With limited water and the increasing number of people depending on it – there will be more than nine billion people on the planet by 2050 — water security is tenuous. Integrated water management plans using “blue,” “green,” and “gray” water, however, can increase water security by allowing agriculture to rise to the challenge of feeding a growing world population while leaving enough water for other uses.

  • “In 30 years Iran will be a ghost town” if the country’s water situation does not improve

    Issa Kalantari, a former agriculture minister during the presidency of Ayatollah Hashemi Rafsanjani and currently and advisor to President Hassan Rouhani’s cabinet, says Iran’s water crisis was especially grave. “Our main problem that threatens us, that is more dangerous than Israel, America or political fighting, is the issue of living in Iran. It is that the Iranian plateau is becoming uninhabitable”; “If this situation is not reformed, in 30 years Iran will be a ghost town.”

  • Today’s worst watershed stresses in U.S. may become tomorrow’s new normal

    Nearly one in ten U.S. watersheds is “stressed,” with demand for water exceeding natural supply, according to a new analysis of surface water in the United States. What is more, the lowest water flow seasons of recent years — times of great stress on rivers, streams, and sectors that use their waters — are likely to become typical as climates continue to warm.

  • U.S. makes progress toward a National Water Census

    Growing populations, increased energy development, and the uncertain effects of a changing climate magnify the need for an improved understanding of water use and water availability. No comprehensive and current national assessment of water resources exists, however. A USGS report released in April, Progress Toward Establishing a National Assessment of Water Availability and Use, fulfilled a requirement under the 2009 SECURE Water Act for the Secretary of the Interior to report to Congress on progress made in implementing the national water availability and use assessment program, also referred to as a National Water Census.

  • FDA to require imported food to be inspected at the source

    Each year about forty-eight million Americans get sick, some 128,000 are hospitalized, and about 3,000 dies from foodborne illnesses. Companies importing food into the United States will be held to higher safety and health standards if new proposed rules by the Food and Drug Administration (FDA) are passed. Under the proposal, the FDA would require importers to inspect food abroad before the food reaches American ports.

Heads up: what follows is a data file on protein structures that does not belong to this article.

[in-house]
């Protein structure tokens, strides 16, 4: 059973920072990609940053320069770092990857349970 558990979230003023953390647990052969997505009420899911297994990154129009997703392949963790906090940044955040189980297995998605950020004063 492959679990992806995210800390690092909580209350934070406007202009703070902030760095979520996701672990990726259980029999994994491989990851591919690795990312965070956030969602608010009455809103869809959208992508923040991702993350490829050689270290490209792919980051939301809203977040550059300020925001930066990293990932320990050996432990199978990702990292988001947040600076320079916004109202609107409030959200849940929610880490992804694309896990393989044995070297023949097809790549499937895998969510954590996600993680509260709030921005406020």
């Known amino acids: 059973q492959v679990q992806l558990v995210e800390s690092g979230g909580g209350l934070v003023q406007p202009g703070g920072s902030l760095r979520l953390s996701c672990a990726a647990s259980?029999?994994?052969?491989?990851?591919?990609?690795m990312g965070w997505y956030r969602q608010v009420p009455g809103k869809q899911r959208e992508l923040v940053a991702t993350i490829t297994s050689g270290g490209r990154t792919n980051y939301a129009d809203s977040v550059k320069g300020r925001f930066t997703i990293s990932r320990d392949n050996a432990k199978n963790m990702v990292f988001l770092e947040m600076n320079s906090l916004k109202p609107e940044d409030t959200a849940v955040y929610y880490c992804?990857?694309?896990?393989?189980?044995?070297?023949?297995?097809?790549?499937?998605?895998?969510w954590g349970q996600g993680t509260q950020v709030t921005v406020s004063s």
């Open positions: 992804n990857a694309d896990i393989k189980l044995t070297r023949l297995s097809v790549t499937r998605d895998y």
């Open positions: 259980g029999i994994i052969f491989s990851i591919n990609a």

• Crop pests spread as Earth warms, threatening global food security

    Currently 10-16percent of global crop production is lost to pests. Losses of major crops to fungi, and fungi-like microorganisms, amount to enough to feed nearly 9 percent of today’s global population. These figures will increase further as global temperatures continue to rise, and a new study shows that global warming is resulting in the spread of crop pests toward the North and South Poles at a rate of nearly three km a year.

  • Tracking antibiotic-resistant strains of Salmonella from farm to fork

    Every year in the United States, the various strains of Salmonella together are responsible for an estimated one million illnesses, 20,000 hospitalizations, and 400 deaths at an economic cost exceeding $3 billion. Salmonella Typhimurium accounts for at least 15 percent of clinically reported salmonellosis infections in humans nationally. The number of antibiotic-resistant isolates identified in humans is increasing steadily, suggesting that the spread of antibiotic-resistant strains is a major threat to public health.

  • Aquifer supplying a third of U.S. irrigated groundwater depleting quickly: study

    The High Plains Aquifer of Kansas — also called the Ogallala Aquifer — supplies 30 percent of the U.S. irrigated groundwater. New study finds that if current irrigation trends continue, 69 percent of the groundwater stored in the High Plains Aquifer will be depleted in fifty years.